Headshot photo of David L. Farrens, Ph.D.

David L. Farrens, Ph.D.

  • Professor of Chemical Physiology and Biochemistry, School of Medicine
  • Neuroscience Graduate Program, School of Medicine
  • Graduate Program in Biomedical Sciences, School of Medicine


Dr. Farrens obtained his undergraduate (1985) and Ph.D. (1991) in chemistry from the University of Nebraska-Lincoln.  His graduate work involved physical and biochemical studies of the plant photoreceptor phytochrome (carried out under the supervision of Dr P.-S. Song), followed by similar work at RIKEN in Tokyo with Dr. Furuya.   He then moved to MIT to work on the visual photoreceptor rhodopsin with Dr H. G. Khorana (1992–1995), and then at UCLA with DrW. L. Hubbell (1996).
In his laboratory at OHSU, Dr. Farrens (and colleagues) develop and use novel biochemical and physical methods to identify common structural mechanisms involved in the activation and attenuation of G-protein coupled receptors (GPCRs).  Their work focuses primarily on rhodopsin and the cannabinoid receptor CB1, studying how these proteins interact with their affiliate signaling partners (G-proteins, arrestins and kinases).

Education and training

    • B.S., 1985, University of Nebraska
    • Ph.D., 1991, University of Nebraska
  • Fellowship

    • NRSA NIH Fellowship - 1993-1995

Memberships and associations:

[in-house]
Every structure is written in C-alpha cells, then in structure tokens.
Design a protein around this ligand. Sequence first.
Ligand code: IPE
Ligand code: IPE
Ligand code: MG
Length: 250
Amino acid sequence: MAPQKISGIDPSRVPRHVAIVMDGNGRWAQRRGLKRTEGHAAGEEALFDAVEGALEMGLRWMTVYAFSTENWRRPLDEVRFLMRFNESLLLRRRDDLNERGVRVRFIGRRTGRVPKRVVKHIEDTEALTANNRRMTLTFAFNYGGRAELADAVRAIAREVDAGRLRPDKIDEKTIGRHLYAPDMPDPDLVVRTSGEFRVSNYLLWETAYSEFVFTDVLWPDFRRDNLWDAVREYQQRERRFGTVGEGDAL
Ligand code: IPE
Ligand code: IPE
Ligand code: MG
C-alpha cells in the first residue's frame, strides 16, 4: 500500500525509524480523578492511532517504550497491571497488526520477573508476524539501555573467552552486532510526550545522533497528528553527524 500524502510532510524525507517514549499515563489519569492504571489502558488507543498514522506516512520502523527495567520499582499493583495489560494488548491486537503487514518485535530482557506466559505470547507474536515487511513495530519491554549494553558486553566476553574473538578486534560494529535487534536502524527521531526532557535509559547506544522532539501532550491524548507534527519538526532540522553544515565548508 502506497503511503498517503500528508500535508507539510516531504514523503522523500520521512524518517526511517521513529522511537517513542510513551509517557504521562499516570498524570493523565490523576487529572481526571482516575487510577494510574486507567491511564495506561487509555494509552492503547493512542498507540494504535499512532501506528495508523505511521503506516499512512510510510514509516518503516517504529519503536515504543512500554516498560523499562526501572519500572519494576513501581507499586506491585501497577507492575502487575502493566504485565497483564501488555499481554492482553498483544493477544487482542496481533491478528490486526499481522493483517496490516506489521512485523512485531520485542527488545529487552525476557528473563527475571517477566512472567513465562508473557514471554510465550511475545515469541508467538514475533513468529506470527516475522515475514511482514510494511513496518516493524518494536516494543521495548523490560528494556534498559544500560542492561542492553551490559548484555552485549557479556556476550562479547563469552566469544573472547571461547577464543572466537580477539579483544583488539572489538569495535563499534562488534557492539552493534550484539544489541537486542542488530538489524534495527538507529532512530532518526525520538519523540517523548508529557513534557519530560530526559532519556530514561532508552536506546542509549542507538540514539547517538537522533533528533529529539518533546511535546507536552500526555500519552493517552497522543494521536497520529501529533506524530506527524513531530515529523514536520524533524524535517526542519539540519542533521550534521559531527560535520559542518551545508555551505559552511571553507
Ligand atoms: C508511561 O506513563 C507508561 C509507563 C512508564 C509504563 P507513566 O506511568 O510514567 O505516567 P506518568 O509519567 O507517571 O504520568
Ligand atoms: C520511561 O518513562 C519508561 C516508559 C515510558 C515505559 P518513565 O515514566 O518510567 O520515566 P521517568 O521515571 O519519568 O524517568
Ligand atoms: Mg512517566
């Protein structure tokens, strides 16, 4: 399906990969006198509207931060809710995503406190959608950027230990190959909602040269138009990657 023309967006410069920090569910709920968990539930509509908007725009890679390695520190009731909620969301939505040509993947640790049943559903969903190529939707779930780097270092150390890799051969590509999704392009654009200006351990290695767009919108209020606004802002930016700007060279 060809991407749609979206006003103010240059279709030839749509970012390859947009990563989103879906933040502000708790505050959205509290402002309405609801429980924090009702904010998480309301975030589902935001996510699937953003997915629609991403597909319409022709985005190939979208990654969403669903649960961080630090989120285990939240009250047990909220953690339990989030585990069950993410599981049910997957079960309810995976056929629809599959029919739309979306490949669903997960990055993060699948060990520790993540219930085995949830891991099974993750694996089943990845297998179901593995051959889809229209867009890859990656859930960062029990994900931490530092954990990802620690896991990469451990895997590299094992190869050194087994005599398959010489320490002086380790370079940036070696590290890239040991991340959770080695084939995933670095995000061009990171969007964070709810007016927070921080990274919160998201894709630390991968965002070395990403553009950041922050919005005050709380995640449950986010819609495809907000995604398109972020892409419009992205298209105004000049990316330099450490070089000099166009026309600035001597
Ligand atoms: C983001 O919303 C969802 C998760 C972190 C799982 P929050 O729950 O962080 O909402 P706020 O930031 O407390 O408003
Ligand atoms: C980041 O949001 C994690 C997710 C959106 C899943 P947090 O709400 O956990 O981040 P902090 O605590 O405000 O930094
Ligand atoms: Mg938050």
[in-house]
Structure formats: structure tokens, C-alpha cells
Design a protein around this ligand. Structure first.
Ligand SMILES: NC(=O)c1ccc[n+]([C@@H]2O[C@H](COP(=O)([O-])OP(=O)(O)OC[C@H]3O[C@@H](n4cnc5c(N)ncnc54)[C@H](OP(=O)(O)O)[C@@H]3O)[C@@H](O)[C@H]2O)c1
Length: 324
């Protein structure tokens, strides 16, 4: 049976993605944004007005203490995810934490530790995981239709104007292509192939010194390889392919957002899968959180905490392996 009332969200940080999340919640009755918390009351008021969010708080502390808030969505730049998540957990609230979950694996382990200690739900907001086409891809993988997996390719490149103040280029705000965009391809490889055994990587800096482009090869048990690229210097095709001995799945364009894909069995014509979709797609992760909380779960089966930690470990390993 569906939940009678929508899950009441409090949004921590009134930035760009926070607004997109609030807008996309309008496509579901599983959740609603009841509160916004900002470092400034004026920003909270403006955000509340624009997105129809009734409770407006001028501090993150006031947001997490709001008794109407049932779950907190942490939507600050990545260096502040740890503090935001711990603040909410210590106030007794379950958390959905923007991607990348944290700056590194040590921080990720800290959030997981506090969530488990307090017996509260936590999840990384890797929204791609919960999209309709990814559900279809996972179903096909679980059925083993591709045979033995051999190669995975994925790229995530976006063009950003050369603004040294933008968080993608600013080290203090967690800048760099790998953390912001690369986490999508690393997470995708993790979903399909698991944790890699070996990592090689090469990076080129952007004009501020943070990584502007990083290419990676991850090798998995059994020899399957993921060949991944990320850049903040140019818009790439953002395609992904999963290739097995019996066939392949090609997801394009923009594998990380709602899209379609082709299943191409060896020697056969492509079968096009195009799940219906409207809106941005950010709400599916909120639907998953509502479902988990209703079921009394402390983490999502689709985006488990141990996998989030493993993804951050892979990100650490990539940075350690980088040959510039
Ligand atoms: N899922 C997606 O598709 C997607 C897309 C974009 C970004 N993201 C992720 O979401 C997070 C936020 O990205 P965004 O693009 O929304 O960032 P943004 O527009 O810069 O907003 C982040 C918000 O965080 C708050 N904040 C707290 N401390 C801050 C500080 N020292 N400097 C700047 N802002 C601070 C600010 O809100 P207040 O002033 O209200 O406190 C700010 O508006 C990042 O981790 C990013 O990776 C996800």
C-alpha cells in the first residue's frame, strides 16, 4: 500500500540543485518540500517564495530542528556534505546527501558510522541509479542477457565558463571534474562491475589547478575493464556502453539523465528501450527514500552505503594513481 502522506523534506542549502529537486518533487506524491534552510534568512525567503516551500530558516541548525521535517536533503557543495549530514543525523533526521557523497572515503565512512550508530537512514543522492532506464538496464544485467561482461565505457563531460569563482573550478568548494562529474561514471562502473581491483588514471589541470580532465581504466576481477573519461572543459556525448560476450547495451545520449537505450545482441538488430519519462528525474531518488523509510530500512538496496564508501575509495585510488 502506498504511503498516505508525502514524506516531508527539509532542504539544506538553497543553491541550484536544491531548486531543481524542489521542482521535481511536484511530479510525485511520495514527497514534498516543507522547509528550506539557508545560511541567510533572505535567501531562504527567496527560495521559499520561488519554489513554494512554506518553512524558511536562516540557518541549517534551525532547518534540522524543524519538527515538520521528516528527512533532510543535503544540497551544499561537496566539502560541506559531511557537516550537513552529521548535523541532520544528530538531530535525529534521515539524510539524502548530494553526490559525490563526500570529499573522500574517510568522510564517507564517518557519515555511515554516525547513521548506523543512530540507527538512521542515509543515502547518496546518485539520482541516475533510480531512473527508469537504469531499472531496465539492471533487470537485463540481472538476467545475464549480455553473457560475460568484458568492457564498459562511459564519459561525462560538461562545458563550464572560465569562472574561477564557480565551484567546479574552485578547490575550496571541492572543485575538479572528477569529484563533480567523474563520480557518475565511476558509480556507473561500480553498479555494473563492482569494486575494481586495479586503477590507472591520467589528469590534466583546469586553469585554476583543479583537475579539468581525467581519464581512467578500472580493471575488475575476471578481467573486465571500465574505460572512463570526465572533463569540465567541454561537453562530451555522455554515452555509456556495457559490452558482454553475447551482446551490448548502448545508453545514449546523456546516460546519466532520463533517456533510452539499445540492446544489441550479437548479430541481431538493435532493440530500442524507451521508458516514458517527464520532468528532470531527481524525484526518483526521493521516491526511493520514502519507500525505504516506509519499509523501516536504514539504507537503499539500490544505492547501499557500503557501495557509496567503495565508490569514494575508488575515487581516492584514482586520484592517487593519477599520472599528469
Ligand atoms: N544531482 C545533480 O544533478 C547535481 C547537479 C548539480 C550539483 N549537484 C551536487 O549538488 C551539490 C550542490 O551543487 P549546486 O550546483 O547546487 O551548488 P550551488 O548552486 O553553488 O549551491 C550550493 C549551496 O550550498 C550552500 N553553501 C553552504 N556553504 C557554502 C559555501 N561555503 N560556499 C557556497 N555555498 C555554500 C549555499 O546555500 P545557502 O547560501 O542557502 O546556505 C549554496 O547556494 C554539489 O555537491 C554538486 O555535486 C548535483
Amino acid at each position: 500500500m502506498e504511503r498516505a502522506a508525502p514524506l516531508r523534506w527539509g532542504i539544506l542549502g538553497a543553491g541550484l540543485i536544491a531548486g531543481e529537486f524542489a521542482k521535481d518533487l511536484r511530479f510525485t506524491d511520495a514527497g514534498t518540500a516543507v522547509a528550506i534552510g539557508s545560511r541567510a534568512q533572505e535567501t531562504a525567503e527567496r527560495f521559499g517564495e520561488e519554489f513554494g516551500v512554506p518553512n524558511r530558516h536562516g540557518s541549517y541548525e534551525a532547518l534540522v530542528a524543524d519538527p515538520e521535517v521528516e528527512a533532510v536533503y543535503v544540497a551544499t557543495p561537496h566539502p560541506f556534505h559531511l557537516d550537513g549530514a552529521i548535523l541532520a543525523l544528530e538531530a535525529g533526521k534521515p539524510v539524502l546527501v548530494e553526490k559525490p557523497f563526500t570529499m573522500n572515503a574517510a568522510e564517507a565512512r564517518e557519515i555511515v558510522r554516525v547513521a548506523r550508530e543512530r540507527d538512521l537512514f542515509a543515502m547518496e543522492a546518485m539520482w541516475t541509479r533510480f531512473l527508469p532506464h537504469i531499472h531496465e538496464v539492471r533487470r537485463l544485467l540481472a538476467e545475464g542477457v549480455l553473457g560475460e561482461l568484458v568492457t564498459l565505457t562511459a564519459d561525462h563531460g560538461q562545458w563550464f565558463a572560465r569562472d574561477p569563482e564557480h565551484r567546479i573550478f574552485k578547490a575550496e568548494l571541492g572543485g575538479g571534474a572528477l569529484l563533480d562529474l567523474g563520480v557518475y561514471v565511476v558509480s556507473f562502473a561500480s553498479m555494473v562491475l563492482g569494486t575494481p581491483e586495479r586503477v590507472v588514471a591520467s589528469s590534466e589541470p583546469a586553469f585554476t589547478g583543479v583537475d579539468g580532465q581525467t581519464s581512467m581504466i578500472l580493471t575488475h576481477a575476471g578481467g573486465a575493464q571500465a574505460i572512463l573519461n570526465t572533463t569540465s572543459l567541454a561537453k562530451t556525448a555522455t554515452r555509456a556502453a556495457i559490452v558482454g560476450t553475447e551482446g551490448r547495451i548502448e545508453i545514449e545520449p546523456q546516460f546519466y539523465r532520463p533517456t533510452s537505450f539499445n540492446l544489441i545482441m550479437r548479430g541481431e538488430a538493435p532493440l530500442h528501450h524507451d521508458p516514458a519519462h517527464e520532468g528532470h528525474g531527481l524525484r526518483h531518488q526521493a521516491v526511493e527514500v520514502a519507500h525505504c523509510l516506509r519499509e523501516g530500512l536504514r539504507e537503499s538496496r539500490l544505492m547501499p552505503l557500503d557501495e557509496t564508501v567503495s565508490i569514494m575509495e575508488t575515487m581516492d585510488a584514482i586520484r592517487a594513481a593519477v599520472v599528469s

• NIH study section Biology and Diseases of the Posterior Eye [BDPE] (ad hoc reviewer) - 2007, 2008, 2010
  • Molecular and Integrative Signal Transduction [MIST] (ad hoc reviewer) - 2010, 2016
  • Biology of the Visual System [BVS] (permanent study section member) - 2011-2015
  • Biophysical Society member
  • International Conference on Retinal Proteins - Advisory Committee

Areas of interest

  • Photobiology/photochemistry
  • Spectroscopy
  • Molecular pharmacology
  • G-protein coupled receptors (GPCRs)

Honors and awards

  • National Merit Scholarship - 1980
  • Regents Scholarship, University of Nebraska - 1980
  • Upson Scholar, University of Nebraska - 1990
  • National Science Foundation Travel Award - 1990
  • American Society for Photobiology Student Travel Award - 1990
  • Outstanding Graduate Student Award, Univ. Nebraska Department of Chemistry - 1990
  • NIH Training Grant - 1992
  • Faculty Excellence in Teaching Award - Graduate Program, OHSU - 2001-2002
  • Faculty Excellence in Teaching Award - Graduate Program, OHSU - 2003-2004
  • Royal Society of Chemistry (U.K.) Travel Award - 2006
  • Faculty Excellence in Education Award, OHSU - 2011-2012



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